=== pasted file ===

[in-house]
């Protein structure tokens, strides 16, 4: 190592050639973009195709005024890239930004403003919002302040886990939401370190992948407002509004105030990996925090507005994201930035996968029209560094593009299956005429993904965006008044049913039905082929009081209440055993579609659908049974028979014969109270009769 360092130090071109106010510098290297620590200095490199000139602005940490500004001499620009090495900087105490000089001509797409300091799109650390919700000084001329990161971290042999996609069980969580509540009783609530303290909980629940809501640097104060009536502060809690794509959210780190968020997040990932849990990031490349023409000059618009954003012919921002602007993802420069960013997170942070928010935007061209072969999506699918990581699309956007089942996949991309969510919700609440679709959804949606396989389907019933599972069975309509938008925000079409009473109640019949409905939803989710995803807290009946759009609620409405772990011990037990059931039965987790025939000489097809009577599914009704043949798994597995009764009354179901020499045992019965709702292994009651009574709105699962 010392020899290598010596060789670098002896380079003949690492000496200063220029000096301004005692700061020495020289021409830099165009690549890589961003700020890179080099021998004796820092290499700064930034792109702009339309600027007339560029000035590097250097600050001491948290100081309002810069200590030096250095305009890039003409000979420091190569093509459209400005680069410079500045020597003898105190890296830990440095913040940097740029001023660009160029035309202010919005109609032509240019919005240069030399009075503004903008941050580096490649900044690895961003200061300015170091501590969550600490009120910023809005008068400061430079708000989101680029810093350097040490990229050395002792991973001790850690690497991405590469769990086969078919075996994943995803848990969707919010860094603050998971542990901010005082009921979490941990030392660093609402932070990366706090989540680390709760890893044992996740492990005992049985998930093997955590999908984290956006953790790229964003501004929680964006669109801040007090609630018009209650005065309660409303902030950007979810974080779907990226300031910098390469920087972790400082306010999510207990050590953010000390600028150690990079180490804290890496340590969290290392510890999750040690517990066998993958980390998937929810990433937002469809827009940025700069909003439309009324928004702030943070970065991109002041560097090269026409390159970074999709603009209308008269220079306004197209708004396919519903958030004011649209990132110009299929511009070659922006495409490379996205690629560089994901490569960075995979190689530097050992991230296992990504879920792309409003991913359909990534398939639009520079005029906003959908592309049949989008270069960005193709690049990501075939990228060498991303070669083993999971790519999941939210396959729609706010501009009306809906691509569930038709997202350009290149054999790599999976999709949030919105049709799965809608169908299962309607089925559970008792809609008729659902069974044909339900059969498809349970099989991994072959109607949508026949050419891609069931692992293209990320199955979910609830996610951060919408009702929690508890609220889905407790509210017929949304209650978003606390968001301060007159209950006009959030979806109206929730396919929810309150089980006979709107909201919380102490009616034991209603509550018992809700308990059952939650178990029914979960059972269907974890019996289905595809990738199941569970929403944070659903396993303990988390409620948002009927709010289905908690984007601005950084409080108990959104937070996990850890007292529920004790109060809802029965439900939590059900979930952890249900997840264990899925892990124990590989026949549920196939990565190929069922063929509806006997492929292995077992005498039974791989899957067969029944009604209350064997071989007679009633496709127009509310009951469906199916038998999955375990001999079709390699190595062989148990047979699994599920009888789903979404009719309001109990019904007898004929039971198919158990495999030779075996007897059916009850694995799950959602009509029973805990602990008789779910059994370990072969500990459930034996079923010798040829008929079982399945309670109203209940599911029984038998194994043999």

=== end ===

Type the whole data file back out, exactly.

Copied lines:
[in-house]
């Protein structure tokens, strides 16, 4: 190592050639973009195709005024890239930004403003919002302040886990939401370190992948407002509004105030990996925090507005994201930035996968029209560094593009299956005429993904965006008044049913039905082929009081209440055993579609659908049974028979014969109270009769 360092130090071109106010510098290297620590200095490199000139602005940490500004001499620009090495900087105490000089001509797409300091799109650390919700000084001329990161971290042999996609069980969580509540009783609530303290909980629940809501640097104060009536502060809690794509959210780190968020997040990932849990990031490349023409000059618009954003012919921002602007993802420069960013997170942070928010935007061209072969999506699918990581699309956007089942996949991309969510919700609440679709959804949606396989389907019933599972069975309509938008925000079409009473109640019949409905939803989710995803807290009946759009609620409405772990011990037990059931039965987790025939000489097809009577599914009704043949798994597995009764009354179901020499045992019965709702292994009651009574709105699962 010392020899290598010596060789670098002896380079003949690492000496200063220029000096301004005692700061020495020289021409830099165009690549890589961003700020890179080099021998004796820092290499700064930034792109702009339309600027007339560029000035590097250097600050001491948290100081309002810069200590030096250095305009890039003409000979420091190569093509459209400005680069410079500045020597003898105190890296830990440095913040940097740029001023660009160029035309202010919005109609032509240019919005240069030399009075503004903008941050580096490649900044690895961003200061300015170091501590969550600490009120910023809005008068400061430079708000989101680029810093350097040490990229050395002792991973001790850690690497991405590469769990086969078919075996994943995803848990969707919010860094603050998971542990901010005082009921979490941990030392660093609402932070990366706090989540680390709760890893044992996740492990005992049985998930093997955590999908984290956006953790790229964003501004929680964006669109801040007090609630018009209650005065309660409303902030950007979810974080779907990226300031910098390469920087972790400082306010999510207990050590953010000390600028150690990079180490804290890496340590969290290392510890999750040690517990066998993958980390998937929810990433937002469809827009940025700069909003439309009324928004702030943070970065991109002041560097090269026409390159970074999709603009209308008269220079306004197209708004396919519903958030004011649209990132110009299929511009070659922006495409490379996205690629560089994901490569960075995979190689530097050992991230296992990504879920792309409003991913359909990534398939639009520079005029906003959908592309049949989008270069960005193709690049990501075939990228060498991303070669083993999971790519999941939210396959729609706010501009009306809906691509569930038709997202350009290149054999790599999976999709949030919105049709799965809608169908299962309607089925559970008792809609008729659902069974044909339900059969498809349970099989991994072959109607949508026949050419891609069931692992293209990320199955979910609830996610951060919408009702929690508890609220889905407790509210017929949304209650978003606390968001301060007159209950006009959030979806109206929730396919929810309150089980006979709107909201919380102490009616034991209603509550018992809700308990059952939650178990029914979960059972269907974890019996289905595809990738199941569970929403944070659903396993303990988390409620948002009927709010289905908690984007601005950084409080108990959104937070996990850890007292529920004790109060809802029965439900939590059900979930952890249900997840264990899925892990124990590989026949549920196939990565190929069922063929509806006997492929292995077992005498039974791989899957067969029944009604209350064997071989007679009633496709127009509310009951469906199916038998999955375990001999079709390699190595062989148990047979699994599920009888789903979404009719309001109990019904007898004929039971198919158990495999030779075996007897059916009850694995799950959602009509029973805990602990008789779910059994370990072969500990459930034996079923010798040829008929079982399945309670109203209940599911029984038998194994043999």